#2. Green Jersey Game (Oct. 22, 1977)

Having already lost to Ole Miss in the 1977 season and with two three-loss seasons already on his Notre Dame resume, head coach Dan Devine needed something to go right for his Irish against top-ranked USC. As the successor to Ara Parseghian, Devine was already feeling the pressure of being at the helm in South Bend. At the Friday night pep rally, captain Willie Fry told the fans to wear green, possibly making this matchup the first ever Irish Wear Green game. After warming up in the traditional navy-blue uniforms, Notre Dame came out of the tunnel following a Trojan Horse pulled by students in togas with the team wearing green uniforms. The excitement of the green jerseys and the steady leadership of Joe Montana led the Irish to a dominating victory by a score of 49-19. The Irish wore the green jerseys for the rest of the season on their way to another national championship, this time defeating Texas in the Cotton Bowl. The game against USC was the turning point in the season for the Irish and for Devine in his time at Notre Dame.

#1. Bush Push (Oct. 15, 2005)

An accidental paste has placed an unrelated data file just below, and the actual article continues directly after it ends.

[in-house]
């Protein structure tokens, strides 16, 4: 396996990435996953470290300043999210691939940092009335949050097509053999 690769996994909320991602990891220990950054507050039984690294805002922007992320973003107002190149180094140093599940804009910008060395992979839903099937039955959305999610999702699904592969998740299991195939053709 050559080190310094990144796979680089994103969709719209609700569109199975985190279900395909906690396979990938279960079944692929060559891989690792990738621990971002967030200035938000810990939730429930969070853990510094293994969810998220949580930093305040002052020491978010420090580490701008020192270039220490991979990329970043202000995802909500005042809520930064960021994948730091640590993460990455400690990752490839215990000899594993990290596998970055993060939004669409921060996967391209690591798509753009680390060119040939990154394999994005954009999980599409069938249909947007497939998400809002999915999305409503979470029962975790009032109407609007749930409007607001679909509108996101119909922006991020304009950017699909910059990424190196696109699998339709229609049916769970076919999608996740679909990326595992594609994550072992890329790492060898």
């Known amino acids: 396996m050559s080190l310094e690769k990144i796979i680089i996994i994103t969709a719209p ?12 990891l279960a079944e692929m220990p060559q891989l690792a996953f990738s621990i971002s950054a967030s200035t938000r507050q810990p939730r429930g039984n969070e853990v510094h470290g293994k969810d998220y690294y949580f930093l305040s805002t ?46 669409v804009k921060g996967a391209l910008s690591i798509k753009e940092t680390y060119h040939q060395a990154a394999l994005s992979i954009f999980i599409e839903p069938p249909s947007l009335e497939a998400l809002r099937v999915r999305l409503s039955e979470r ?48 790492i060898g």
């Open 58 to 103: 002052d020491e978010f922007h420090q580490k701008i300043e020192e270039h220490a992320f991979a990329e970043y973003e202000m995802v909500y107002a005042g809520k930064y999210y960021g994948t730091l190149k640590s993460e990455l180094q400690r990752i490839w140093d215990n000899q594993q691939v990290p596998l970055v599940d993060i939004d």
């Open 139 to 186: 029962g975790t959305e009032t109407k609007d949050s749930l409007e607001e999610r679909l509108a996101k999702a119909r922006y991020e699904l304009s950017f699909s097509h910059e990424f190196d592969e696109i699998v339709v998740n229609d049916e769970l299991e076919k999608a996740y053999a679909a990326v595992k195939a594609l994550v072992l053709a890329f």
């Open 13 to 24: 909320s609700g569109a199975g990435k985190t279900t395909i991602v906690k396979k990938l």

You probably saw this one coming, and while Notre Dame didn’t come out on top in this game, it is arguably one of the greatest games of college football ever played. With Charlie Weiss in his first-year coaching and with USC on a dominant tear behind the play of two Heisman hopefuls in Reggie Bush and Matt Leinart, the Irish once again pulled out the green jerseys in hopes of summoning some echoes of previous Notre Dame magic. The Irish had little success actually stopping Bush and the electrifying Trojan offense, but Notre Dame QB Brady Quinn kept the Irish in the game with a brilliant offensive performance of his own. Facing a 28-24 deficit late in the fourth, Quinn drove the Irish 82 yards down the field and ran it in himself to take a 31-28 lead with less than two minutes left. Leinart and the Trojans took the field in an effort to preserve their undefeated season, converting a 4th-and-9 from their own 26 with a pass to Dwayne Jarrett, who took the ball all the way down to the Notre Dame 13-yard line. After two runs from Bush, Leinart fumbled on the next play and the clock expired, a mistake that was fixed and allowed for one final play. Rather than tie the game at 31, USC elected to go for it and Leinart – after initially being stuffed by the Irish defense – was blatantly pushed into the end zone by his running back. Despite the obvious violation of the rule that a player could not assist his teammate’s advance down the field, no flag was thrown, and USC won by a final score of 34-31 in what has been called the loudest game ever played in Notre Dame Stadium. Justice was served a few months later when Texas beat the undefeated Trojans in the national championship.